BofA raises estimate from potential legal, regulatory losses to $5.1B

The lender says the U.S. Attorney’s office plans to recommend civil action against Bank of America

As the odds of the Department of Justice (DOJ) filing another suit tied to mortgage bonds increases, Bank of America Corp. — the United States’ second biggest lender — raised its estimate of potential added loses from legal and regulatory matters by 82 percent to $5.1 billion.

The Charlotte, N.C.-based lender said in a quarterly regulatory filing that the U.S. Attorney’s office plans to recommend civil action against Bank of America, which is tied to the bundling of home loans into securities, Bloomberg reported.

Since the mortgage fallout stemming from the financial crisis of 2008, the bank has spent more than $45 billion on litigation, settlements and refunds for investors to compensate for substandard mortgage lending, servicing and foreclosures.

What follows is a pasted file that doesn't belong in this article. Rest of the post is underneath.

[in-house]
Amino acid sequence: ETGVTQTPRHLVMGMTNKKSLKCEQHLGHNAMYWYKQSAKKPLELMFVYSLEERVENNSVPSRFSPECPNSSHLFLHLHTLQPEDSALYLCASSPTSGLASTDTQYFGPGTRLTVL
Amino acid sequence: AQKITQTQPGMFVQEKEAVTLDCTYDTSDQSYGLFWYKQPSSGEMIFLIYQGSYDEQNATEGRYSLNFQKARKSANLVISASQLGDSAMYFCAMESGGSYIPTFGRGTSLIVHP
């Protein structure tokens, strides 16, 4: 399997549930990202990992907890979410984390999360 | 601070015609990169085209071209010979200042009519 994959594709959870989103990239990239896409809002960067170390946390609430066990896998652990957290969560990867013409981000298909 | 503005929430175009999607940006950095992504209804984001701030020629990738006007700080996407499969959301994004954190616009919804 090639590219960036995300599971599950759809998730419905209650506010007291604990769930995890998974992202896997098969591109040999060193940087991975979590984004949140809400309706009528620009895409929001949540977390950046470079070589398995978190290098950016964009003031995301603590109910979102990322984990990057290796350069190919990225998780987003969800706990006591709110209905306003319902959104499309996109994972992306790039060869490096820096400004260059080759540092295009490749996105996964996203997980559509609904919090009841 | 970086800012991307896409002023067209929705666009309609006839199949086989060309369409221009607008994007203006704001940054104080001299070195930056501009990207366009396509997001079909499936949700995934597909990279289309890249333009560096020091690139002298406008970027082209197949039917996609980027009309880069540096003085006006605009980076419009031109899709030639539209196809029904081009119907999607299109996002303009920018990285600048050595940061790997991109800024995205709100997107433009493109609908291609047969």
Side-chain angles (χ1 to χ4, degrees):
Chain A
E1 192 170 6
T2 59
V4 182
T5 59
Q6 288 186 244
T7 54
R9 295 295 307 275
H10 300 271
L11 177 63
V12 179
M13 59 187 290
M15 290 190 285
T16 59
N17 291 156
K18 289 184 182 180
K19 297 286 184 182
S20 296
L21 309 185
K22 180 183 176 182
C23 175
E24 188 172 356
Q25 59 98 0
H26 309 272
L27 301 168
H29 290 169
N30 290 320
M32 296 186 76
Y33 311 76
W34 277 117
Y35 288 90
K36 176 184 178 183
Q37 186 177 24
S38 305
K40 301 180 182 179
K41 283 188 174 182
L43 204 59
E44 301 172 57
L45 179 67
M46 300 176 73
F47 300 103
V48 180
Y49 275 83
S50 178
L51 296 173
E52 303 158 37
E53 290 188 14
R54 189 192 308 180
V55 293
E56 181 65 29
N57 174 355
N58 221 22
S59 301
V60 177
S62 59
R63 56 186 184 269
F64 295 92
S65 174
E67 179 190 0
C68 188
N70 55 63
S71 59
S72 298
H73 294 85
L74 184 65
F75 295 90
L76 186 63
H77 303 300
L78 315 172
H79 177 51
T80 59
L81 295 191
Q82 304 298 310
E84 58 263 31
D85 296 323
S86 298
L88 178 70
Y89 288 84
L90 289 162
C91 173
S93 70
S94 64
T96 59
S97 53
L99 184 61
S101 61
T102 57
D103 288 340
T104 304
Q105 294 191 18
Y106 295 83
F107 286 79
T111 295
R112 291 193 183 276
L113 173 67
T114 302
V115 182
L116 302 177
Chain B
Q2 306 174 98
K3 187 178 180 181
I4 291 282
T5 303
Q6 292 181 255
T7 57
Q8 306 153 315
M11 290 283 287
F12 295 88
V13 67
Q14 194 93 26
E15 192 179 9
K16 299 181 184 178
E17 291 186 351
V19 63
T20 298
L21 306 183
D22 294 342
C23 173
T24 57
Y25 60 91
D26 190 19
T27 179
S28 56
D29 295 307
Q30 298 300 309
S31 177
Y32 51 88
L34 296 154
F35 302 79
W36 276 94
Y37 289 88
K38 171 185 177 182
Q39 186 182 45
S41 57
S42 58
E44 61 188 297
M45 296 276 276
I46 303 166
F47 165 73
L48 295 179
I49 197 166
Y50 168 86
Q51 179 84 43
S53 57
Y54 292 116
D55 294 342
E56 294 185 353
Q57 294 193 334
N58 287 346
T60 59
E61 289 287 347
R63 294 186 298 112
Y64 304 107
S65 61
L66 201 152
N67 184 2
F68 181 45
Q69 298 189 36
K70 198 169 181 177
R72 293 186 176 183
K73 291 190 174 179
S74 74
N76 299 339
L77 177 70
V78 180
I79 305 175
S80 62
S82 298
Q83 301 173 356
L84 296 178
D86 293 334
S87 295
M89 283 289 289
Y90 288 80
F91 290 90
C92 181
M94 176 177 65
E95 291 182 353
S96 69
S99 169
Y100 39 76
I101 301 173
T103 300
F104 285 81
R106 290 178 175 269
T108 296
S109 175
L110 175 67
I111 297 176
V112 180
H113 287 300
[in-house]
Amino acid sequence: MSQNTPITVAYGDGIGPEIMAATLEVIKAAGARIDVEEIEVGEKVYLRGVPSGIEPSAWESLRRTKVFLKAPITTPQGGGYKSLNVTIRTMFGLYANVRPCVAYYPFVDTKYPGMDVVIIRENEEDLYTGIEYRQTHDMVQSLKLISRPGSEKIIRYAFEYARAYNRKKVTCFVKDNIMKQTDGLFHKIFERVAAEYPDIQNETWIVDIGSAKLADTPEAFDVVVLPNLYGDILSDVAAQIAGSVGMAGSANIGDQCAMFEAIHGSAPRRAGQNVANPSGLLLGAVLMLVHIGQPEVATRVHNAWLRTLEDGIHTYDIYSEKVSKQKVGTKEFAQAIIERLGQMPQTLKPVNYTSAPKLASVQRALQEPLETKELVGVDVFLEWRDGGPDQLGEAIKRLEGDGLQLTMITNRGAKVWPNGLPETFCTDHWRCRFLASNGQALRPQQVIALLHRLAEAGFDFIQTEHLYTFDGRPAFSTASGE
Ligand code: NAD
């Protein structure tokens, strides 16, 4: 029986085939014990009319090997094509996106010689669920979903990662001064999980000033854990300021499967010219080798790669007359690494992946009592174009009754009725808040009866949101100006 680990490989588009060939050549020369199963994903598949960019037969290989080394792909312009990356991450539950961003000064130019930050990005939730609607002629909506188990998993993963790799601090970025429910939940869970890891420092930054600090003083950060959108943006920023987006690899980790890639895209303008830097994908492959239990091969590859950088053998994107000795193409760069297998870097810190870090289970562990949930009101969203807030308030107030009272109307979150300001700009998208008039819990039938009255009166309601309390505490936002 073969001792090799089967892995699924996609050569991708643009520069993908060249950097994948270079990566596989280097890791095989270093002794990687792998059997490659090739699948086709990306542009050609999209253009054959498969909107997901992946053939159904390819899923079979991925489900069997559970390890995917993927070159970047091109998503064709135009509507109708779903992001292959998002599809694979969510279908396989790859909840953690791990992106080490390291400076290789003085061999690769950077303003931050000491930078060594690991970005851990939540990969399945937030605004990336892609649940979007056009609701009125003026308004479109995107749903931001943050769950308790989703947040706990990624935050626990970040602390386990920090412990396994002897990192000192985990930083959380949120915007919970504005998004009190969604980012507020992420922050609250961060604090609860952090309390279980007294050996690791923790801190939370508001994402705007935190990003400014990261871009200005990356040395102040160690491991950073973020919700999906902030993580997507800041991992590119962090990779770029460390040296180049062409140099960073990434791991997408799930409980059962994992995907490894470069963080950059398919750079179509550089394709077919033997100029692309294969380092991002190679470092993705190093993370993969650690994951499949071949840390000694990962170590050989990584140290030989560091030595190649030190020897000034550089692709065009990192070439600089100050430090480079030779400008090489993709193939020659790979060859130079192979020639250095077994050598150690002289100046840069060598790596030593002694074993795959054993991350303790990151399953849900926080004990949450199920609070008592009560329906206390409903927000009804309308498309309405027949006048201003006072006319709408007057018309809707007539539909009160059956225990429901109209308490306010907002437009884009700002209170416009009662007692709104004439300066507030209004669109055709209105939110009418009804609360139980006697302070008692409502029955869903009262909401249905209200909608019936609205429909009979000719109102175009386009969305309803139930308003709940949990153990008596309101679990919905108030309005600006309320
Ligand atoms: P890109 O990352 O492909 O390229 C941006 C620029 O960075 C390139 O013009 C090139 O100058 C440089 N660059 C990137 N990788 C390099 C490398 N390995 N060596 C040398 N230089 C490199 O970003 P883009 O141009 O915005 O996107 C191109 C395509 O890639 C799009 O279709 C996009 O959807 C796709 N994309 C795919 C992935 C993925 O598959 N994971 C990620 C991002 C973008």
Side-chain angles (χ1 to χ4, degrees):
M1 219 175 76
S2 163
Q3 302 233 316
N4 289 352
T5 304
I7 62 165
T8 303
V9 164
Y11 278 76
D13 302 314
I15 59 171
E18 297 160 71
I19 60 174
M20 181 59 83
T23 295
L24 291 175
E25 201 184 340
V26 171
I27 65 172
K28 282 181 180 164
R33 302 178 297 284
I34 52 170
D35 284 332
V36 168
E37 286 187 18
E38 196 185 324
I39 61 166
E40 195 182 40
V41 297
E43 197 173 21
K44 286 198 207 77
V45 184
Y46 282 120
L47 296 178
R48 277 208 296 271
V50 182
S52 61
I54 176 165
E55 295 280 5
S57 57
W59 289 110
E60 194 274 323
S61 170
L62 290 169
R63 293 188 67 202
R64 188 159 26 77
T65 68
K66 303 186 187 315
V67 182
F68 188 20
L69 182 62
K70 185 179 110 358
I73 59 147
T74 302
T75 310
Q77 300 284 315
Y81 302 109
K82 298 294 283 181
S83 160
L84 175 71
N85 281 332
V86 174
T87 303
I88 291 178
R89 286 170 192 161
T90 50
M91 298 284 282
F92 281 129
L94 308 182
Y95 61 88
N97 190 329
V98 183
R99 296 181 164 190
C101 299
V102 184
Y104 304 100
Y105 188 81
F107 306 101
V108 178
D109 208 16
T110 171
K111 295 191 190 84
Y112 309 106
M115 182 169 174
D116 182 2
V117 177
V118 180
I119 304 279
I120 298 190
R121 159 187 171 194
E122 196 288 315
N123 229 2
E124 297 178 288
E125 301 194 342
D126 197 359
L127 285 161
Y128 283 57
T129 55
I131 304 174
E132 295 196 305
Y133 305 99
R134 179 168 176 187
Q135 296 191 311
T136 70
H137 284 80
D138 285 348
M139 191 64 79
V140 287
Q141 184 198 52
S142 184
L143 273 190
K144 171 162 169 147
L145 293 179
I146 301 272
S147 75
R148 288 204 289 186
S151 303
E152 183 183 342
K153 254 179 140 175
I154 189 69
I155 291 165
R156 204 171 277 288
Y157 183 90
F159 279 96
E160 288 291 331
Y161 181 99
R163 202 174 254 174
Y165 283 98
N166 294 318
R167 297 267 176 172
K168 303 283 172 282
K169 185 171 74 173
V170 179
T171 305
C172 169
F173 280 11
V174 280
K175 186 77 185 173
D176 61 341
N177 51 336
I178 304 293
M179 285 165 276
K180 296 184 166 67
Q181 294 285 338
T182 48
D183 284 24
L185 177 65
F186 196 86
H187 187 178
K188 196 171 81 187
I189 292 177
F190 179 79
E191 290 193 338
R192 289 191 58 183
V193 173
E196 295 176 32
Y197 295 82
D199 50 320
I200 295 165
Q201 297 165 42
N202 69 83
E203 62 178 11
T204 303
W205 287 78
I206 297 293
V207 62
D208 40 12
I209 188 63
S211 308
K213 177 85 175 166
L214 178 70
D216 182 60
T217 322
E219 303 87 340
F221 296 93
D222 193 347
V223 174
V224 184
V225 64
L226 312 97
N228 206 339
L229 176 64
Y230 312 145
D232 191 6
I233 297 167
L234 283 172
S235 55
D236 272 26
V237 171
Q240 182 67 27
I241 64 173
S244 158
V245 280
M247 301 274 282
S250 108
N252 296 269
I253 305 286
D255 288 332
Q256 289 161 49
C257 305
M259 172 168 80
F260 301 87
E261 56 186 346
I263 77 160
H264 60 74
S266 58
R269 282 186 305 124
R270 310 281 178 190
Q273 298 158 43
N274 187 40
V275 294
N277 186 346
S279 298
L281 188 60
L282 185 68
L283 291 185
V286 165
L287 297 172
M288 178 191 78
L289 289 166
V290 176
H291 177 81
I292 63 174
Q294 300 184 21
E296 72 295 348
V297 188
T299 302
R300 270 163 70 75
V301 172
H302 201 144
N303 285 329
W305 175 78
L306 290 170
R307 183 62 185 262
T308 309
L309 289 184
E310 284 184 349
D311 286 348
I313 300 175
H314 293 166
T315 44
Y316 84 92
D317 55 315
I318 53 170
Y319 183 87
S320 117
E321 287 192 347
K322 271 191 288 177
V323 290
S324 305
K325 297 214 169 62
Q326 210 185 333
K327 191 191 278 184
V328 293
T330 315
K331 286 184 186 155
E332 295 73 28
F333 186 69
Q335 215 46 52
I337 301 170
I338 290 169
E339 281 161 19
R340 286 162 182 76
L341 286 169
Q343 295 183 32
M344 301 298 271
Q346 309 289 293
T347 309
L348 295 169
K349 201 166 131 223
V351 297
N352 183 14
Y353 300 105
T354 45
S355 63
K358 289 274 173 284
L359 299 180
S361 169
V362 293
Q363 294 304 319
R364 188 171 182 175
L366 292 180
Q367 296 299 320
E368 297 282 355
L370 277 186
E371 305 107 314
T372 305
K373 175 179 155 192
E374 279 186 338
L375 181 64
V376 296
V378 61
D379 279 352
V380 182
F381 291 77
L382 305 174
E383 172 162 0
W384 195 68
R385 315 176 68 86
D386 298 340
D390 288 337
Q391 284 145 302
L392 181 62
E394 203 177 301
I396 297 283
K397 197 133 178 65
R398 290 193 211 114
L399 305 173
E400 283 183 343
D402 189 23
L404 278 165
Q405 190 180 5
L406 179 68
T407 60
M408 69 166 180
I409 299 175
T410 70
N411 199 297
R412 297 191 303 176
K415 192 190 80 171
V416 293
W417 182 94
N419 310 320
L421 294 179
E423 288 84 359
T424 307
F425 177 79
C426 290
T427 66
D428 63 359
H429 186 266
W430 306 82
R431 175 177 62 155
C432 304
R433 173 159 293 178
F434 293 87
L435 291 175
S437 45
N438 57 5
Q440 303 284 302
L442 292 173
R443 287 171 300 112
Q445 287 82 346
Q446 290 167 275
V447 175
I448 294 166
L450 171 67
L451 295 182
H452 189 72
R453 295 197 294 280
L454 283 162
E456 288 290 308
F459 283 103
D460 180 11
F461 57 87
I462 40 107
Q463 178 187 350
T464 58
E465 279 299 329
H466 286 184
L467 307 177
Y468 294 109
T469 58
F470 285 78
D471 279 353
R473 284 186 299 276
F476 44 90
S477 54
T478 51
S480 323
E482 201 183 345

Banks are under greater pressure to re-evaluate potential legal costs after JPMorgan Chase & Co. entered talks with the Justice Department on a proposed $13 billion settlement of state and federal probes. However, it appears that talks between the banking giant and the DOJ are on shaky ground. The bank hoped the talks would end investigations into the mortgage backed securities it sold running up to the great recession, but it appears the discussion could still be subject to breakdown.

In the five years since the financial crisis, the top six largest banks in the U.S., led by Bank of America and JPMorgan Chase, have racked up $103 billion in legal costs, more than all dividends paid to shareholders since 2008.

On Oct. 23, a Manhattan federal jury found Bank of America Corp.’s Countrywide unit liable for selling thousands of defective loans to mortgage-finance firms Fannie Mae and Freddie Mac, thus setting off the financial crisis. The U.S. attorney’s office called Countrywide’s quality control “a joke,” and Countrywide may be liable for $848 million in Fannie Mae and Freddie Mac’s gross losses due to the failed mortgages. 

For more on the efforts by banks to rectify the mortgage collapse, check out InsideCounsel’s coverage below:

J.P. Morgan settlement talks could still stall

U.S. attorney opening criminal probe into J.P. Morgan’s dealings

FHFA seeking $6 billion from Bank of America in mortgage crisis settlement

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